What to do when leading without authority sucks
For many, one of the most frustrating aspects of product management is to lead a team to a solution while having no real authority. You often have to establish and re-establish rapport with new team members, and adapt yourself to different expectations in a new project. No matter how exciting a project is and how clear the end goal is in your head, it can feel paralyzing to deal with a team that challenges you, lacks trust in your direction, and prefers the approval of their direct managers for decisions. I know I have often run into this situation. What I have learnt is that the key in those situations is to stop thinking about results, and focus on what I can do right.
1. When you feel powerless and overwhelmed
When we feel we are being overridden and decisions are being taken without involving us, it is tempting to want to give up and complain. It is important however, to examine our own roles in the situation. In my mind, a core part of being a leader is your sense of identity and whether you give it away to other people or situations. The power to drive results comes from that identity and helps you to replicate past achievements in a new and more difficult project. Often you might not need permission to take actions, or drive momentum through smaller changes, to lead effectively. Achieving and celebrating small wins can restore your confidence and gradually build others’ in yours.
2. When your team refuses to align
This is something I learnt from acting school: when your partners on stage are not responding to you the way you would like to, it is important to view it with compassion. In most cases, they are not aware of what you are trying to do. The same thing applies to work. People probably aren’t resisting you out of spite. They just may not know you well enough to trust your direction, or they may not be clear on the objectives. Spend time to share a full picture of yourself and your vision, find out whether there are insecurities or gaps in the teams’ collective knowledge and thinking that you can address, and aggregate everyone’s thoughts into a shared pool of meaning.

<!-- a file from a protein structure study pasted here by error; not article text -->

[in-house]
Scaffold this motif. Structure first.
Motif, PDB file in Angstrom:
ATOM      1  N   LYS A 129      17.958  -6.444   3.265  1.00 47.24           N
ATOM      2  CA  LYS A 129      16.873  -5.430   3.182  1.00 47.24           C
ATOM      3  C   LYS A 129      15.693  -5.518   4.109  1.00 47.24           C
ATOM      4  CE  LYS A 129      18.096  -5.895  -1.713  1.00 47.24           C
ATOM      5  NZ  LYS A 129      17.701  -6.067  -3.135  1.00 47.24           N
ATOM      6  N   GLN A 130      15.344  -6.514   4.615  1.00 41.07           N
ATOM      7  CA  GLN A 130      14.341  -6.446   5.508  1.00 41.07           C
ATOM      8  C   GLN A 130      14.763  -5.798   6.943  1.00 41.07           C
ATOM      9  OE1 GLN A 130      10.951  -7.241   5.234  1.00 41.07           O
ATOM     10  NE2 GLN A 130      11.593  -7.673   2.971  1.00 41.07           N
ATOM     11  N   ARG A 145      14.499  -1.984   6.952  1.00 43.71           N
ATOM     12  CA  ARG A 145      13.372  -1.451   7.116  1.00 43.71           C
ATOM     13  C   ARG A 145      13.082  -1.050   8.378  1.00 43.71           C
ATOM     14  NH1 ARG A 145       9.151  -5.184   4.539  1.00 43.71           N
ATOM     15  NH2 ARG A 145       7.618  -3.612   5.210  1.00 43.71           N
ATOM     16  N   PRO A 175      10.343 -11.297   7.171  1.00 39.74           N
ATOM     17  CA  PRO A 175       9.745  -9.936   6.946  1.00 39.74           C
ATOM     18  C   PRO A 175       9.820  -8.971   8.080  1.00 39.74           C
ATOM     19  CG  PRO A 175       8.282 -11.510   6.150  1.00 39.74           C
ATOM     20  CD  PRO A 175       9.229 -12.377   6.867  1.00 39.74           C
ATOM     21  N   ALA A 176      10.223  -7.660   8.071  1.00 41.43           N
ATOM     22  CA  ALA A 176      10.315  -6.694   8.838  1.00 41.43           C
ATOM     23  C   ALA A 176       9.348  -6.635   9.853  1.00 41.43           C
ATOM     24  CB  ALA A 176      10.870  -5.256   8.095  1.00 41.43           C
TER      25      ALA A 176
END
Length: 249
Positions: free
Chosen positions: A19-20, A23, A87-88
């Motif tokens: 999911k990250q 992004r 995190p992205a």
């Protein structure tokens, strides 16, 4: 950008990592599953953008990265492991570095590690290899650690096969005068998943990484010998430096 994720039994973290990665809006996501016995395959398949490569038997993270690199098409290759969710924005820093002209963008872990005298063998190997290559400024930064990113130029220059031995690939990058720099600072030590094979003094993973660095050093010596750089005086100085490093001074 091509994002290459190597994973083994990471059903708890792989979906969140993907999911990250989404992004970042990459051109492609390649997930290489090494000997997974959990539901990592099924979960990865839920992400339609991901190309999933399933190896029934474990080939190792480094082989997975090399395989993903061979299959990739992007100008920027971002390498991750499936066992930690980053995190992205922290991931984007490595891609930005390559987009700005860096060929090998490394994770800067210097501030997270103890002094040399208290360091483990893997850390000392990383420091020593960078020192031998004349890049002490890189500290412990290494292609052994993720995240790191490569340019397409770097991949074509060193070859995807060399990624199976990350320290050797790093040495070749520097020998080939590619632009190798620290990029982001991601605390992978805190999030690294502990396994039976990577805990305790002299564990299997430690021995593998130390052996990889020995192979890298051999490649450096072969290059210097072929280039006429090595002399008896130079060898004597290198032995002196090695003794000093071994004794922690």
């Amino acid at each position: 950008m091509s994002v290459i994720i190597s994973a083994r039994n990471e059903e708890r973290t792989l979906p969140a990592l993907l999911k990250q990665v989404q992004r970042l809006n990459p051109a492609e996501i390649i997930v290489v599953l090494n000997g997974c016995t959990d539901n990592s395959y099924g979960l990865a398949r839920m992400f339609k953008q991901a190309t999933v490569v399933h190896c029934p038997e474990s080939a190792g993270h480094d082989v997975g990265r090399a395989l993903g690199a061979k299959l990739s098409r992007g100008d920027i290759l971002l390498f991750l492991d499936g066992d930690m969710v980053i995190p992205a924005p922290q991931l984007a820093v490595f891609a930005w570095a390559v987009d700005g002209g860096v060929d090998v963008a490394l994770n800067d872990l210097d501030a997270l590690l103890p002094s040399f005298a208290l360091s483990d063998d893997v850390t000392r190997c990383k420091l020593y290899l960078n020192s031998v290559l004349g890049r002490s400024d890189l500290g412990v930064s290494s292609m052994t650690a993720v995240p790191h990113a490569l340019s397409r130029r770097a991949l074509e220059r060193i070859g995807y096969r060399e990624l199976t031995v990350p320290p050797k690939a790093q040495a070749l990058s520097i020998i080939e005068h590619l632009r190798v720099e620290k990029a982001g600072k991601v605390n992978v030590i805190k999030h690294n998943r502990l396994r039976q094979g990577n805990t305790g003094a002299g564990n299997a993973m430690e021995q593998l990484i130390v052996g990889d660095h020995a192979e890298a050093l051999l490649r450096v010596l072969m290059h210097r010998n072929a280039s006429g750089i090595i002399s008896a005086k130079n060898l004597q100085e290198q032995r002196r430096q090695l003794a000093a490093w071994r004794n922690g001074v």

3. When functional manager counterparts don’t listen
If your efforts at communication are disregarded, or if they insist that you run every decision by them for approval, talk to other leaders in your organization. Chances are they have experienced something similar and have valuable insights. They can also champion your goals to the team, and provide the moral support you need when you feel enervated. Study people who have the trust of the organization you are dealing with and do your best to emulate the qualities they exhibit. At the end of the day, it helps to remember that every leader deals with a different version of what you face.
4. When team members are not focused on results
Contributing to others’ success is an effective strategy to build trust in your leadership. My experience has been that the more difficult teams are usually ones which do not receive enough support from their direct managers. Sometimes they need encouragement, recognition, or a specific challenge to produce results. Identify areas where one or a couple of your team members with complementary skills could take lead, ask them to help lead the results, and show them how this will benefit their growth. This shows that you trust their abilities and contributions, and value them. When your team believes that, they are more likely to try out new suggestions, and get resourceful about completing the work that needs to be done. Every person has greatness in them, and an effective leader helps to bring out their greatness and support them in their leadership journeys.
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